Under Armour’s shares fell the most in three months after Morgan Stanley analyst Jay Sole noted a market share decline made worse by poor sales among women. Shares fell 6.7% to $69.96, the biggest one-day drop since late September.
The company is slipping against rivals Nike and Adidas for the first time in three years and its average selling prices are falling at an accelerated pace, according to Sole. Under Armour’s stock rose 19% in 2015, among the best performances in apparel overall and its seventh straight year of increases.
The note comes as a surprise considering CEO Kevin Plank’s statements in recent years that the retailer would be boosting its merchandise offerings for women and amidst its head-turning “I will what I want” campaign aimed at women. “Both trends are more pronounced in women’s apparel, despite major marketing investment in this division last year,” said Sole, who cited data from SportScan.
Despite surpassing Adidas in the U.S. in 2014, Under Armour is still seen as the underdog in the athletic-gear sector. That’s because Nike remains number one, by far, outpacing Under Armour’s $3 billion in annual sales tenfold ($30 billion). But, almost like a jealous suitor, Nike for a while now has appeared to be closely watching how Under Armour is courting women.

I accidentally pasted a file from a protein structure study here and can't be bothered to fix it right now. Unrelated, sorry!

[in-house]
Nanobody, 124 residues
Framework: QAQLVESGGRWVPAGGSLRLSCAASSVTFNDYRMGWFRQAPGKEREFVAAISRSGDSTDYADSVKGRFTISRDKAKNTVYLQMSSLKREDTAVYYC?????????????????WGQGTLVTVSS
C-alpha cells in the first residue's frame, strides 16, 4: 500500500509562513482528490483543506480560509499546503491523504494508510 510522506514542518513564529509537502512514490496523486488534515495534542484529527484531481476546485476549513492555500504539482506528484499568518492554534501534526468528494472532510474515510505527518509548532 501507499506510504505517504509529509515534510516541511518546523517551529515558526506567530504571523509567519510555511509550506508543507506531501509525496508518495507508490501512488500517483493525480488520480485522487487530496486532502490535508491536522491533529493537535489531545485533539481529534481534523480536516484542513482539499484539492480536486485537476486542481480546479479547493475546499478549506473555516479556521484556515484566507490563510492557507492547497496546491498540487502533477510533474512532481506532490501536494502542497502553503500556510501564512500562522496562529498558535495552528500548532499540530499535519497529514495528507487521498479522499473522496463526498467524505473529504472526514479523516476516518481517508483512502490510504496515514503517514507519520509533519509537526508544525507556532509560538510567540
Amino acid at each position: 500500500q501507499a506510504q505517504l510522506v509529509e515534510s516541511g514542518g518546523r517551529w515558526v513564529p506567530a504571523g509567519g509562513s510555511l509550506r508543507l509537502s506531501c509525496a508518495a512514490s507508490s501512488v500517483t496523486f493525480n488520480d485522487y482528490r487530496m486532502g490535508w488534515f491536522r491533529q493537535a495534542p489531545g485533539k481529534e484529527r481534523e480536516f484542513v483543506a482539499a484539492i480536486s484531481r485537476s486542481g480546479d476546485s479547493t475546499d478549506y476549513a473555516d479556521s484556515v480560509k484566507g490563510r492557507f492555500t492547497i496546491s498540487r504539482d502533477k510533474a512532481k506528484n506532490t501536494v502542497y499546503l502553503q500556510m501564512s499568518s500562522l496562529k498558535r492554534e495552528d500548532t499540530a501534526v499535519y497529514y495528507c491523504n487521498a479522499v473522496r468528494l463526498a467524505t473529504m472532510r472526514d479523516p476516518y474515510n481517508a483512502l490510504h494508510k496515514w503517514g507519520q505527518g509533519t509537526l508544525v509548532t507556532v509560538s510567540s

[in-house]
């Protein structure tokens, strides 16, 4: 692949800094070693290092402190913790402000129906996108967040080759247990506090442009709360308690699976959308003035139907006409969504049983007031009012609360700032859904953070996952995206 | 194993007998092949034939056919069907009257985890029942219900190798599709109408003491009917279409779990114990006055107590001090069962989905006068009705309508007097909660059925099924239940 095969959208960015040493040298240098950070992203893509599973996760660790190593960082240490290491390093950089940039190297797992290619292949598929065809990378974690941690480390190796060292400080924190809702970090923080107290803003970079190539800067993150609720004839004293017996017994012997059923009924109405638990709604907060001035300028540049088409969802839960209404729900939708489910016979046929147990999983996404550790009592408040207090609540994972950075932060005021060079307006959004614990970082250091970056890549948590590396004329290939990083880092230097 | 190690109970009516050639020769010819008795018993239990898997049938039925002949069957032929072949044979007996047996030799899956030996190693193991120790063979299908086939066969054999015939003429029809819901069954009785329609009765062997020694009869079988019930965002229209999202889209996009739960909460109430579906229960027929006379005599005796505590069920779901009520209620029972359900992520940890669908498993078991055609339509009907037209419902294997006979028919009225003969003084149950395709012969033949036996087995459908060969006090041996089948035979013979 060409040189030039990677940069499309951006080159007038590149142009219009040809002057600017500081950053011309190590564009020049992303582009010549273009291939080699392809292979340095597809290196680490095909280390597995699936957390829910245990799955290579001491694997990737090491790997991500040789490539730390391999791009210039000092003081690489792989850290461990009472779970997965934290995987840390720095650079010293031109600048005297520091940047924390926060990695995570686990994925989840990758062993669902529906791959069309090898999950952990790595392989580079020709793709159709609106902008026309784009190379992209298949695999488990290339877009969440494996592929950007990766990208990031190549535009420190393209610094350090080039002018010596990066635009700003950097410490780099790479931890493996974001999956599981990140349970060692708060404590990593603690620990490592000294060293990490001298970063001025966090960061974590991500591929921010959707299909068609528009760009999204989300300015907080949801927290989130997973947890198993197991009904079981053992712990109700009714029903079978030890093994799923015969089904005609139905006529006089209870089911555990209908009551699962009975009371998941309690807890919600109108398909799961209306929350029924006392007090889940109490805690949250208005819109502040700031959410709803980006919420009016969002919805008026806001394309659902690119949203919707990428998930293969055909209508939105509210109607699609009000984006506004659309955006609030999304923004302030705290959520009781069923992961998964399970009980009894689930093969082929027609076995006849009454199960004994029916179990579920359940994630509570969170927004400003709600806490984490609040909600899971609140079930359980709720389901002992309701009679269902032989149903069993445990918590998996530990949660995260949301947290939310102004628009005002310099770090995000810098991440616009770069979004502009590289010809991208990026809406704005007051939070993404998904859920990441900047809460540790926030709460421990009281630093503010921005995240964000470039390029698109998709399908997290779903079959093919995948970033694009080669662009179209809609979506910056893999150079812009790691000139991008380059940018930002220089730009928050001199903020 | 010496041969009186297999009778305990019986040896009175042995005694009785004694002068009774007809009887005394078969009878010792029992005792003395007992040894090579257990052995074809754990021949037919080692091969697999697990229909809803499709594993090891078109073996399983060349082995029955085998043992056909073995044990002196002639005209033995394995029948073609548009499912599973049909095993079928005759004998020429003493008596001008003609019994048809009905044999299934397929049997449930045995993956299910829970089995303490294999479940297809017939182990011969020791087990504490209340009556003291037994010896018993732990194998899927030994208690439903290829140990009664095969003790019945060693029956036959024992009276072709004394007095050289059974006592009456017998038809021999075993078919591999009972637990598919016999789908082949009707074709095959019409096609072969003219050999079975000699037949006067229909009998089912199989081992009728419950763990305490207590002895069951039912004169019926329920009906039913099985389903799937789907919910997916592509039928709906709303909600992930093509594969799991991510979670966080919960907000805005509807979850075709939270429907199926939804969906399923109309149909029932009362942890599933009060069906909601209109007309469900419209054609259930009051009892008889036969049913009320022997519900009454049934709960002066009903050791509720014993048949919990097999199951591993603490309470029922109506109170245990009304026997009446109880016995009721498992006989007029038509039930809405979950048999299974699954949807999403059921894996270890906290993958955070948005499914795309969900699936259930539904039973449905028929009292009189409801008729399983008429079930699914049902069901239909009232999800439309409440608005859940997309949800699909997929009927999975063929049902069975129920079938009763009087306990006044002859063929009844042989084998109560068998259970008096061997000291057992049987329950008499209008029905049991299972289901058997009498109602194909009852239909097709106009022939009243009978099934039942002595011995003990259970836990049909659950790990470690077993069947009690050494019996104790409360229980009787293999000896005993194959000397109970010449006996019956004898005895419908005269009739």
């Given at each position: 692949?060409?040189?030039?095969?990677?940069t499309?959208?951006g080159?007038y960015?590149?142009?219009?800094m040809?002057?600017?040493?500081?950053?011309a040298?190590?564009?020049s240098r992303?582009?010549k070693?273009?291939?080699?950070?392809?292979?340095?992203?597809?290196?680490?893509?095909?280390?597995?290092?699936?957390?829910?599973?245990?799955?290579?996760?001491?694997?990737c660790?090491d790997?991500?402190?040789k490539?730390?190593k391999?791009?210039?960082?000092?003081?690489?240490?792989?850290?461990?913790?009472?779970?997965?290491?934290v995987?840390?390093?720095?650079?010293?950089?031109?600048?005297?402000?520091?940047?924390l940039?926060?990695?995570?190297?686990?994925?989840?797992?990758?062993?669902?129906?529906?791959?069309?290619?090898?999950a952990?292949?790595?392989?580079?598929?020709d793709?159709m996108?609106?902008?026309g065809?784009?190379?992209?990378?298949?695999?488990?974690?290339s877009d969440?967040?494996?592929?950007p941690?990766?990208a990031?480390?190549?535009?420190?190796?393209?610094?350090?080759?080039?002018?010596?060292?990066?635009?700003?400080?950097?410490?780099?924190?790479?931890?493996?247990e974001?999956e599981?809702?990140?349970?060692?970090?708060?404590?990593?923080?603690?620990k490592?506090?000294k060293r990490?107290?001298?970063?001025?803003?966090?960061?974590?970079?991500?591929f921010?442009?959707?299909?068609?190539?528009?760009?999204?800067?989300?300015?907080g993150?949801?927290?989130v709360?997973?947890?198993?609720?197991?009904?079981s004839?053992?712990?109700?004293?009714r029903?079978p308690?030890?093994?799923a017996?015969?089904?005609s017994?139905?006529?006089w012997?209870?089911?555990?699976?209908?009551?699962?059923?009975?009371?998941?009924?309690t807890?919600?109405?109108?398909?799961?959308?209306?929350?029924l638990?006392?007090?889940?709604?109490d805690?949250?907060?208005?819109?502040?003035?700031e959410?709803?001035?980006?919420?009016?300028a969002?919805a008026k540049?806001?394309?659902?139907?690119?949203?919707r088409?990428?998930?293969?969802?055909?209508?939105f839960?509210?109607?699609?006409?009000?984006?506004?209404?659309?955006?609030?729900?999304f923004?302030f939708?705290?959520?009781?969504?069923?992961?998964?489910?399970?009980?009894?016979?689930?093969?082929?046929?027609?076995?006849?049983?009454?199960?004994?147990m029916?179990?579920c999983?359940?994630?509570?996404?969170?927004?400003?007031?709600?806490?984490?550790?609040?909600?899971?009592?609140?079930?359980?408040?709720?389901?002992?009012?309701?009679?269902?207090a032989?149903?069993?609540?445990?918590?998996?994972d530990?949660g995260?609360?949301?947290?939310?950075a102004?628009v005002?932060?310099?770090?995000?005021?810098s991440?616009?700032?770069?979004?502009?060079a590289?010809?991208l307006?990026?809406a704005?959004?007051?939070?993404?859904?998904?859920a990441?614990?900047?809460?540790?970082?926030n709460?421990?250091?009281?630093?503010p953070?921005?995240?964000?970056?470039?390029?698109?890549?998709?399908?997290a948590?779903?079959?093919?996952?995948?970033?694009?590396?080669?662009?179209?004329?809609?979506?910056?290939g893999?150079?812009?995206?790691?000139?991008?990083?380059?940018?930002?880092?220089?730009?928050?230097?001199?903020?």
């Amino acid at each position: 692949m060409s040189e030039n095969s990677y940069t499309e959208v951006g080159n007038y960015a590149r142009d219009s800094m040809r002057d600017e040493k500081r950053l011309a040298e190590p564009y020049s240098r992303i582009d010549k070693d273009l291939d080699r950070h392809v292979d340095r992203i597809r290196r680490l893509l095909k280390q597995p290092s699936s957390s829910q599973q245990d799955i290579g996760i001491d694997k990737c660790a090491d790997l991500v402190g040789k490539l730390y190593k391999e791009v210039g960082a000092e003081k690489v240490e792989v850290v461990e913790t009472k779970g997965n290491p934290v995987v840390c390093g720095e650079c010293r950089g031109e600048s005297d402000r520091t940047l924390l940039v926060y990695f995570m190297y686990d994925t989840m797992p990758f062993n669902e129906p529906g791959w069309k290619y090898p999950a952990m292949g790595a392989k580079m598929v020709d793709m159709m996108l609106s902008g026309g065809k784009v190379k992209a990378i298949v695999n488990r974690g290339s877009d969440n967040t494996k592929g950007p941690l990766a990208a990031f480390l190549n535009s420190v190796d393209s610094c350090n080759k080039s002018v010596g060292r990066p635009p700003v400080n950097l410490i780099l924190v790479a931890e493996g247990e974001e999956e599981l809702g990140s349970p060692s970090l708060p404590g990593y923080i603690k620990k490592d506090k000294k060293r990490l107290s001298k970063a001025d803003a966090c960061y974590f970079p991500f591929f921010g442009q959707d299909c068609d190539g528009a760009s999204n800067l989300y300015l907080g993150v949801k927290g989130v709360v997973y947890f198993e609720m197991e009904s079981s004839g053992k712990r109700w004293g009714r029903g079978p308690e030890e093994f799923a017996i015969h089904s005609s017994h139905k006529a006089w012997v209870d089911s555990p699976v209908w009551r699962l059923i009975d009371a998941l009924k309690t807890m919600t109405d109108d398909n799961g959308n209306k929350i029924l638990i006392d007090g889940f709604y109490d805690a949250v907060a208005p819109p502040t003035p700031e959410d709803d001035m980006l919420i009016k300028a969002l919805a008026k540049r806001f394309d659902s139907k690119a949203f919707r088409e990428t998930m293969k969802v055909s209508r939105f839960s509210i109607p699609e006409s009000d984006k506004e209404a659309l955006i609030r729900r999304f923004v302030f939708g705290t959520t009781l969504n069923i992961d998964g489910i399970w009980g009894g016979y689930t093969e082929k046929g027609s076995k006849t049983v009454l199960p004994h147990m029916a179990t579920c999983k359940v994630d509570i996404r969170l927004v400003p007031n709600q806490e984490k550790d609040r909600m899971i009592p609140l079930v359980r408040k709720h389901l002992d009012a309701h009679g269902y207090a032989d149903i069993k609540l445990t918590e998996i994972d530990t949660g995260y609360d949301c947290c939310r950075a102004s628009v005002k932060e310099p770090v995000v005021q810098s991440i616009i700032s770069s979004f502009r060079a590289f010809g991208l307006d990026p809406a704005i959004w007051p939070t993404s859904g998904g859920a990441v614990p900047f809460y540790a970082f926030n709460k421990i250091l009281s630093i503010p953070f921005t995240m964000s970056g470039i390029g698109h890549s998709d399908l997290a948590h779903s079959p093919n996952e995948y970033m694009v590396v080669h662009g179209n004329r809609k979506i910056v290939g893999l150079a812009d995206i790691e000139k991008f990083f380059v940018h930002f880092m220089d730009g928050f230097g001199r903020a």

Under Armour went viral with its stunning and emotionally moving video of ballerina Misty Copeland, later signed supermodel Gisele Bündchen, and launched a massive global women’s marketing campaign last year. That campaign is part of the company’s effort to boost its $600 million women’s business to match or surpass its men’s business.
And beyond advertising, Under Armour CEO Kevin Plank said last year that the company is working on expanding its merchandise for women, to include more apparel that can be worn outside her underwear and outside the gym. Nike and Under Armour alike had concentrated a lot on sports bras and leggings, and less on the booming alth-leisure trend that has women wearing their gear to happy hour.
"We don't believe we played our best game yet. We don't think when you walk into a store you're getting the best version of Under Armour yet,” Plank said in a conference call to analysts last year. "I think you'll see Under Armour continue to take those steps towards being more relevant in more aspects of her life.”
The credit to uncovering women as a major force in sports apparel sales arguably goes to Lululemon, NPD Group sports retail analyst Matt Powell last year told Bloomberg. "When a brand can come out of nowhere and capture the kind of mindshare that they did, as quickly as they did, I think it woke everybody up,” he said.
Under Armour has apparently farther to go in appealing to women, and there’s still room to grow.
"The industry has under-served women for years," Powell told Bloomberg. "Only in the last couple of years have we seen brands and retailers really starting to give women equal weight."